Decreases in Blood Pressure During Thrombectomy Are Associated With Larger Infarct Volumes and Worse Functional Outcome

Stroke. 2019 Jul;50(7):1797-1804. doi: 10.1161/STROKEAHA.118.024286. Epub 2019 Jun 4.


Background and Purpose- After large-vessel intracranial occlusion, the fate of the ischemic penumbra, and ultimately final infarct volume, largely depends on tissue perfusion. In this study, we evaluated whether blood pressure reduction and sustained relative hypotension during endovascular thrombectomy are associated with infarct progression and functional outcome. Methods- We identified consecutive patients with large-vessel intracranial occlusion ischemic stroke who underwent mechanical thrombectomy at 2 comprehensive stroke centers. Intraprocedural mean arterial pressure (MAP) was monitored throughout the procedure. ΔMAP was calculated as the difference between admission MAP and lowest MAP during endovascular thrombectomy until recanalization. Sustained hypotension was measured as the area between admission MAP and continuous measurements of intraprocedural MAP (aMAP). Final infarct volume was measured using magnetic resonance imaging at 24 hours, and functional outcome was assessed using the modified Rankin Scale at discharge and 90 days. Associations with outcome were analyzed using linear and ordinal multivariable logistic regression. Results- Three hundred ninety patients (mean age 71±14 years, mean National Institutes of Health Stroke Scale score of 17) were included in the study; of these, 280 (72%) achieved Thrombolysis in Cerebral Infarction 2B/3 reperfusion. Eighty-seven percent of patients experienced MAP reductions during endovascular thrombectomy (mean 31±20 mm Hg). ΔMAP was associated with greater infarct growth ( P=0.036) and final infarct volume ( P=0.035). Mean ΔMAP among patients with favorable outcomes (modified Rankin Scale score, 0-2) was 20±21 mm Hg compared with 30±24 mm Hg among patients with poor outcome ( P=0.002). In the multivariable analysis, ΔMAP was independently associated with higher (worse) modified Rankin Scale scores at discharge (adjusted odds ratio per 10 mm Hg, 1.17; 95% CI, 1.04-1.32; P=0.009) and at 90 days (adjusted odds ratio per 10 mm Hg, 1.22; 95% CI, 1.07-1.38; P=0.003). The association between aMAP and outcome was also significant at discharge ( P=0.002) and 90 days ( P=0.001). Conclusions- Blood pressure reduction before recanalization is associated with larger infarct volumes and worse functional outcomes for patients affected by large-vessel intracranial occlusion stroke. These results underscore the importance of BP management during endovascular thrombectomy and highlight the need for further investigation of blood pressure management after large-vessel intracranial occlusion stroke.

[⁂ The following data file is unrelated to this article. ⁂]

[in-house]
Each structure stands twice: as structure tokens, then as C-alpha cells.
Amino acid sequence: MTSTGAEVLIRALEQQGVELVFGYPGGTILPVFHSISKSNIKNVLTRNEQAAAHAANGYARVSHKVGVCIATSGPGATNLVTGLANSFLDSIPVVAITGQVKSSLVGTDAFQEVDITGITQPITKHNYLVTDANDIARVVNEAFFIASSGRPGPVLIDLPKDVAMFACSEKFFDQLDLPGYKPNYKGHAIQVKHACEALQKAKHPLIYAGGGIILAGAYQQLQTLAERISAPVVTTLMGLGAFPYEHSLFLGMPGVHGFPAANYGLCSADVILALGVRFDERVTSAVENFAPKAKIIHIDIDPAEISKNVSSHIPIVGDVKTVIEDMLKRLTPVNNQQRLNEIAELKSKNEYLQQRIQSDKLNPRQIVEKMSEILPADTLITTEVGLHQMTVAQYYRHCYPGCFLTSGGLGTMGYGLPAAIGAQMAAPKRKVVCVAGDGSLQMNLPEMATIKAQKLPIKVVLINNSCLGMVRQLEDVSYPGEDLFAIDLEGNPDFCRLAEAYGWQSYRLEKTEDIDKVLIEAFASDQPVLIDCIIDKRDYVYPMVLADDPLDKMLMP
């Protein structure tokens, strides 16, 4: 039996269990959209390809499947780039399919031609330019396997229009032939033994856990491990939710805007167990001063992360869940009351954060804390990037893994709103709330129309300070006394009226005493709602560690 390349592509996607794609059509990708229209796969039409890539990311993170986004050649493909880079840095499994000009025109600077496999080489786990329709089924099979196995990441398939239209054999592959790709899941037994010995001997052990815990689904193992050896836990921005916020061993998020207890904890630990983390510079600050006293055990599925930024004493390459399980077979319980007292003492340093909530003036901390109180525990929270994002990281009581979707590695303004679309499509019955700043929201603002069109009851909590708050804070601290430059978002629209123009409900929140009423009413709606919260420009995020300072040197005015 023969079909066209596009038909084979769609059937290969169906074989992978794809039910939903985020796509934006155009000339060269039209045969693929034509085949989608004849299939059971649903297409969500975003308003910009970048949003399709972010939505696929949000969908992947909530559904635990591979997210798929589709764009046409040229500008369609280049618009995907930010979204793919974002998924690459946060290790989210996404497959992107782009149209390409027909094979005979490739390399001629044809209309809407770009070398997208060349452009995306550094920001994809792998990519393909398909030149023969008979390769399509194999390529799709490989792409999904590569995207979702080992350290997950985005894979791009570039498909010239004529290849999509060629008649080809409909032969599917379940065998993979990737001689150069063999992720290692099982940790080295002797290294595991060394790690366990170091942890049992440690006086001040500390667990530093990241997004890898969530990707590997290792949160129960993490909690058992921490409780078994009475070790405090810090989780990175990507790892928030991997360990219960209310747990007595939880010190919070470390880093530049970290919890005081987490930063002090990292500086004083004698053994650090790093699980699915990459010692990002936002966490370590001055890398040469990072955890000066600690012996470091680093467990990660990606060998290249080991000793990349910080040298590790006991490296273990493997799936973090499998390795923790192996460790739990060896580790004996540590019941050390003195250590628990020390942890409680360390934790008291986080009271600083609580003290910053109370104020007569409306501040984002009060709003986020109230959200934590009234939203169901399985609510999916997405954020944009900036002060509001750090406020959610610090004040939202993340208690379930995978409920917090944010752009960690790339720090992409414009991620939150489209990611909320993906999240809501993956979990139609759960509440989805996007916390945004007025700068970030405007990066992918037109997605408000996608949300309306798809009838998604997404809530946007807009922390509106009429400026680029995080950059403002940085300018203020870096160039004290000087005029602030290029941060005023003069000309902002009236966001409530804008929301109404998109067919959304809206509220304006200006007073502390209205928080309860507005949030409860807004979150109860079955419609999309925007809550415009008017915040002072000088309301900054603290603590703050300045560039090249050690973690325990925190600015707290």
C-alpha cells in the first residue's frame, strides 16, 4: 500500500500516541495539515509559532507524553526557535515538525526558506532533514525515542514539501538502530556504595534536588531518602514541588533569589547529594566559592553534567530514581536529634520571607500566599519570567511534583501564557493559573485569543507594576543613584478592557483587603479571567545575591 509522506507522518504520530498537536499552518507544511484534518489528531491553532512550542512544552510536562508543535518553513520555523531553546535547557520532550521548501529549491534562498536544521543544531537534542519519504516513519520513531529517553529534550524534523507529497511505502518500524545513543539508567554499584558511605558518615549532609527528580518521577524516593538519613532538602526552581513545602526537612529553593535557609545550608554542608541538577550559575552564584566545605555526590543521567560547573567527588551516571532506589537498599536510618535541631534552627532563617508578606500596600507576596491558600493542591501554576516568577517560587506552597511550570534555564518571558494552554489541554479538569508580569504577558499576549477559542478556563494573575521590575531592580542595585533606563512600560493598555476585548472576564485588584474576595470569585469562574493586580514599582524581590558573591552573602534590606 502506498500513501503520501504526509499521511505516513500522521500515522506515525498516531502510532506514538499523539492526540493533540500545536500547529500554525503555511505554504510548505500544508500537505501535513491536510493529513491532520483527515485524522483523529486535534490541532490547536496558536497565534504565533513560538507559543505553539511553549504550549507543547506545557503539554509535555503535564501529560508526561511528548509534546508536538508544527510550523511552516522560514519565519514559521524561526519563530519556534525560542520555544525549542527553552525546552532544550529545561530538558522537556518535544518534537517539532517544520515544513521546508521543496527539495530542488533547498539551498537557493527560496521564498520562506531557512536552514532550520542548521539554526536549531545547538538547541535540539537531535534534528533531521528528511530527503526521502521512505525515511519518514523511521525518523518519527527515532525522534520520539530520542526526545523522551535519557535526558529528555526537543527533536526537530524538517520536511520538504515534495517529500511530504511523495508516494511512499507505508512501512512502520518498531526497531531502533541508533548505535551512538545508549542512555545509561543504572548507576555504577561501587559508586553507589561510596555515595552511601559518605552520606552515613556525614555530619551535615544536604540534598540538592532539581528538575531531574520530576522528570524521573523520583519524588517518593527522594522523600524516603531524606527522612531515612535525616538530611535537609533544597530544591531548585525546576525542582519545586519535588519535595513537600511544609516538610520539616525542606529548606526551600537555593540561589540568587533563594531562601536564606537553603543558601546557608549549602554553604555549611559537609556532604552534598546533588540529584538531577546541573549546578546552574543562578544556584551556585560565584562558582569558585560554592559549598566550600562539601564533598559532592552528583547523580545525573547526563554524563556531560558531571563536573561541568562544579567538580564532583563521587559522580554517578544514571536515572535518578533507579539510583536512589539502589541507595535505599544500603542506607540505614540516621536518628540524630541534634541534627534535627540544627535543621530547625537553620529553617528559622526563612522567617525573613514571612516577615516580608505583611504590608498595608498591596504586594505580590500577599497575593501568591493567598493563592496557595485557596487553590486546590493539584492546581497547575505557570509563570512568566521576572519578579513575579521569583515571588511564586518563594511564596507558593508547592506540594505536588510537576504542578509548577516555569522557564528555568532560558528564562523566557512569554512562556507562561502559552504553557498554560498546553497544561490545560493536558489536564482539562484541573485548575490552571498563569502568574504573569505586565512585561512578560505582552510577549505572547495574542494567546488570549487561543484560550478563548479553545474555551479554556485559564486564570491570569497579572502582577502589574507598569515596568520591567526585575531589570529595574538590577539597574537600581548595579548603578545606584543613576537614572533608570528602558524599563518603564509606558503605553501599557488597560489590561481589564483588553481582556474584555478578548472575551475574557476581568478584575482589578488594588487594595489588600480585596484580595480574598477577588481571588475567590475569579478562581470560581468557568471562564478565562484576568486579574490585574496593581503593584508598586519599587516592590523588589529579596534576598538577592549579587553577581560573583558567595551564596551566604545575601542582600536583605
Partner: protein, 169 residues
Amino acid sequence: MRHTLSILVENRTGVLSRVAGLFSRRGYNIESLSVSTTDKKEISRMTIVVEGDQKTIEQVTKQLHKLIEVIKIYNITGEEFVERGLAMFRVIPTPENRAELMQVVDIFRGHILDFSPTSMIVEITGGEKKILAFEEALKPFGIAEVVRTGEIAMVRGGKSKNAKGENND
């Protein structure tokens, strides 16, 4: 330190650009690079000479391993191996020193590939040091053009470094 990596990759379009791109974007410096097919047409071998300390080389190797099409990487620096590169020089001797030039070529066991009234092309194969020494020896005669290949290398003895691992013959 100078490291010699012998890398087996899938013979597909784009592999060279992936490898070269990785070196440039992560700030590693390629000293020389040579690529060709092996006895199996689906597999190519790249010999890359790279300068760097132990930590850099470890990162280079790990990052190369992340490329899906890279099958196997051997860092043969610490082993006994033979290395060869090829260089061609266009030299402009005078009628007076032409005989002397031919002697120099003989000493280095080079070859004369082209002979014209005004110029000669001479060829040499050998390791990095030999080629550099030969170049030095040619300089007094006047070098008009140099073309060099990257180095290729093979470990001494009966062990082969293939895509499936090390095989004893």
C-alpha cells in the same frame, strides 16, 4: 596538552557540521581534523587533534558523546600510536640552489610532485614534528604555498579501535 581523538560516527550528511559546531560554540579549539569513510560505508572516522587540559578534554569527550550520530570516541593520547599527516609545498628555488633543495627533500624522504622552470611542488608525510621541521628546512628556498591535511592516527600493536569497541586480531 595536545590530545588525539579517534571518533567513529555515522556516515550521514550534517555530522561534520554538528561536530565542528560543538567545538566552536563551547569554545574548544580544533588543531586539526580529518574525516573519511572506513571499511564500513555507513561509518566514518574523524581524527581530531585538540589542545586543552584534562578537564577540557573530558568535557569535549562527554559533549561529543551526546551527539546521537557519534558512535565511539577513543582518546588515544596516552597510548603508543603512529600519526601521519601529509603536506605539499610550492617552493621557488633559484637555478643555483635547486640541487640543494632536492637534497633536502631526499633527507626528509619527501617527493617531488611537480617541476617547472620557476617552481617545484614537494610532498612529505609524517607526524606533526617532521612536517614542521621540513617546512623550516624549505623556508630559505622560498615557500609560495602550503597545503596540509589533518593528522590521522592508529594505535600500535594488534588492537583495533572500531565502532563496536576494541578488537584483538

Keywords: blood pressure; brain ischemia; hypotension; reperfusion; thrombectomy.

Publication types

  • Observational Study
  • Research Support, N.I.H., Extramural
  • Research Support, Non-U.S. Gov't

MeSH terms

  • Aged
  • Aged, 80 and over
  • Arterial Pressure
  • Blood Pressure*
  • Brain Ischemia / diagnostic imaging
  • Brain Ischemia / physiopathology
  • Brain Ischemia / therapy
  • Cerebral Infarction / diagnostic imaging
  • Cerebral Infarction / physiopathology
  • Cerebral Infarction / therapy*
  • Disease Progression
  • Female
  • Humans
  • Magnetic Resonance Imaging
  • Male
  • Middle Aged
  • Recovery of Function
  • Retrospective Studies
  • Stroke / diagnostic imaging
  • Stroke / physiopathology
  • Stroke / therapy*
  • Thrombectomy / methods*
  • Treatment Outcome